Appeals court overturns judge who said cops had no reason to stop a man running away from them on Norfolk Street

The Massachusetts Appeals Court ruled today a Boston police officer did nothing wrong in chasing after and arresting a man he suspected was packing a gun late one night on Norfolk Street in Roxbury.

In its ruling, the court overturned an order by Boston Municipal Court Judge Raymond Dougan that prosecutors could not use the gun allegedly found on Olajuwan Jones-Pannell on Aug. 6, 2011.

The appeals court begged to differ with Dougan's assertion that that particular stretch of Norfolk Street was not a high-crime area and that the officer who began chasing Jones-Pannell when he started running away from him had no indications that Jones-Pannell was doing anything wrong at the time. A Supreme Court ruling lets police stop people they suspect of committing or being about to commit a crime if they have reasonable suspicion based on several factors.

Two circumstances counted against reasonable suspicion. The patrolling officers had not received any information of criminal activity in the area on that night; nor did they recognize the defendant in connection to any prior criminal or gang activity. Factors supporting reasonable suspicion included [Officer] Anjos's training and nine years' experience in the district, the history of firearms in the neighborhood, the late hour, the defendant's head movements, his continuous placement of his hand inside his pants, and his accelerating evasion of the police. Under the governing case law, these collective factors establish reasonable suspicion of unlawful possession of a firearm. ... The police had reasonable grounds to conduct an investigative stop and frisk at the moment when the defendant turned the corner at either a walking or jogging pace. Thus, the judge should have denied the defendant's motion to suppress.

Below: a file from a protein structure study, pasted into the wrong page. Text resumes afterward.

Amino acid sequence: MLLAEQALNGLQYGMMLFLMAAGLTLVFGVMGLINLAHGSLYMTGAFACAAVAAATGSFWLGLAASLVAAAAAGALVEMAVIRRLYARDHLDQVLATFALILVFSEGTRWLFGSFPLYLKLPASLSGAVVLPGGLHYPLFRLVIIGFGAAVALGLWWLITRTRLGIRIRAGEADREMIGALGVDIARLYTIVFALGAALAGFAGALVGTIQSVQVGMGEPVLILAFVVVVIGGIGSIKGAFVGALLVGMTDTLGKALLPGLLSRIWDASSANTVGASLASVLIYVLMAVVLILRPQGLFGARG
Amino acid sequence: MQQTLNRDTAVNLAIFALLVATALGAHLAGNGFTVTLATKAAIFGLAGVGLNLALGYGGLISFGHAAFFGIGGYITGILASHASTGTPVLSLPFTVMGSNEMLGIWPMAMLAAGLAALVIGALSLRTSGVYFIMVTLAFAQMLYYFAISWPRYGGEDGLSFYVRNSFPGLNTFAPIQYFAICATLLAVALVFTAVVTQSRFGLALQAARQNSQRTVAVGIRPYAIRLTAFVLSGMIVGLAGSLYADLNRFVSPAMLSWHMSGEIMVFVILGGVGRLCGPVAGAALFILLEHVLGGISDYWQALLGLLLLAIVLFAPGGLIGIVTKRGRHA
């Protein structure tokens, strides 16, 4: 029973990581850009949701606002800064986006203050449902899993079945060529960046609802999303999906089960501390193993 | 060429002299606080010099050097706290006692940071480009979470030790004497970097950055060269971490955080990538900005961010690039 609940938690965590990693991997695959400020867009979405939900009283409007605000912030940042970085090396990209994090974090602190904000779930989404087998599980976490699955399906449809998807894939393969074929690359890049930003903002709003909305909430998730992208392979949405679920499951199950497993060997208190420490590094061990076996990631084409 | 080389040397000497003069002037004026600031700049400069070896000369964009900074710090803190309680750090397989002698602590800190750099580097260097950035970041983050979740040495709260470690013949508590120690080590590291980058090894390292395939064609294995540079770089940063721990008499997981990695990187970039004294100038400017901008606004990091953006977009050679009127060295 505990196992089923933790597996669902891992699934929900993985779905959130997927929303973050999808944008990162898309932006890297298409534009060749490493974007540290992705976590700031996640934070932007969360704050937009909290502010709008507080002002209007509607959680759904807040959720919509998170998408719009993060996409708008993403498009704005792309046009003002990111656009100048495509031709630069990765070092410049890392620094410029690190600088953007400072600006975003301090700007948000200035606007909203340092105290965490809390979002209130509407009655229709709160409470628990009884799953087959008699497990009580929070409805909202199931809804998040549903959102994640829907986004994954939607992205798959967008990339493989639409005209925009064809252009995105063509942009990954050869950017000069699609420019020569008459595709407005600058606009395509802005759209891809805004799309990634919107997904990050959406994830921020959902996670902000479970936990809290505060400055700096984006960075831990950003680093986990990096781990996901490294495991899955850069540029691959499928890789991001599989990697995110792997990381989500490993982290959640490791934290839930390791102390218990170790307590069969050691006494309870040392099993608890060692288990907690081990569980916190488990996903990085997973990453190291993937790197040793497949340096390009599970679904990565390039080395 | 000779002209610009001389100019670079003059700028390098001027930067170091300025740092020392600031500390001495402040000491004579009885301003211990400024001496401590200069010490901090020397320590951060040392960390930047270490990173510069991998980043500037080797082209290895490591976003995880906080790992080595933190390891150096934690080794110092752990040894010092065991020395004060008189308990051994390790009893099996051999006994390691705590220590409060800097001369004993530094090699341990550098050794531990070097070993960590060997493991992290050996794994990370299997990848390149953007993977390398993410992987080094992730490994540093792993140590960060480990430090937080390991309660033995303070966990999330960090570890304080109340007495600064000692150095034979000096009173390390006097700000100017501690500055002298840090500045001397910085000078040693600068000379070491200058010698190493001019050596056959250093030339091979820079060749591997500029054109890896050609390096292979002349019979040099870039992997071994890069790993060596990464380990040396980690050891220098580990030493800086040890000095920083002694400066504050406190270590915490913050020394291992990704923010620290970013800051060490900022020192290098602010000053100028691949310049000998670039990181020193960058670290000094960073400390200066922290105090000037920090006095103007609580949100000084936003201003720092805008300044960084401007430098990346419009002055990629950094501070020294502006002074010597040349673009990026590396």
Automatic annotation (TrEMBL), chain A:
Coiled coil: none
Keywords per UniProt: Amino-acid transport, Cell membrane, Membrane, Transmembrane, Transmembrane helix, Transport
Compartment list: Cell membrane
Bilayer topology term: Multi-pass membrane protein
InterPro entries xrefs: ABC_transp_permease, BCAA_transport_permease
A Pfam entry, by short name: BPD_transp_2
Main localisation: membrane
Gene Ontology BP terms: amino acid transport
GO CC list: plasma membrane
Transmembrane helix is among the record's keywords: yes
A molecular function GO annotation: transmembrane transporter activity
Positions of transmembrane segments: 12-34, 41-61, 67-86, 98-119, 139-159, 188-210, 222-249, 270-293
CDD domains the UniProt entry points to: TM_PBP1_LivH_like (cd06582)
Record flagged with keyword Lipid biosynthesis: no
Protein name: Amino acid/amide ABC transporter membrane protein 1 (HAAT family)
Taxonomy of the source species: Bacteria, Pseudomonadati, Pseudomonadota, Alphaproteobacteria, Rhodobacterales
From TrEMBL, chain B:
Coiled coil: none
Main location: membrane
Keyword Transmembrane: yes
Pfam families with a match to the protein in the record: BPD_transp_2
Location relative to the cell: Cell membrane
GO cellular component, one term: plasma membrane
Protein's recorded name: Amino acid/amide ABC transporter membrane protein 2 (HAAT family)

Neighborhoods: 

Topics: 

Free tagging: 

Comments

Yeah, all the old laws don't

By on

Yeah, all the old laws don't seem to do much from discouraging thugs from breaking them and the judiciary has a bad habit of throwing out the charges. Bartley Fox anyone?

Thank heavens a sane judge reversed this and got the guy off the street.

up
15

Cops conduct illegal searches

By on

Cops conduct illegal searches 80% of the time. Then piece together a story in which people like yourself jump all over

Clowns are funny or scary

By on

Clowns are funny or scary performers by profession. They tend to be competent. This "judge" on the other hand.....

up
12

why is this man a judge if he

By on

why is this man a judge if he has no motivation to lock up criminals? he needs to find a new job. perhaps a criminal defense lawyer...

up
14

a judge's motivation

By on

A judge should not be motivated to lock up criminals, that should be the motivation of the prosecution. The judge's job is to keep everything in order, determine the legality of the evidence, instructions the jury, hand down sentence when people are convicted, and a hand full of other tasks. A judge's motivation should be to ensure justice, which is a good bit different than just locking criminals behind bars.

Of course,the judge in question here is a moron, but that's another issue entirely.

up
18

runnning?

By on

does runnning with three Ns mean really fast running?

up
10

Court Ruling

It just seems that if there is any impact on getting guns off the streets it will be one thug/gun at a time...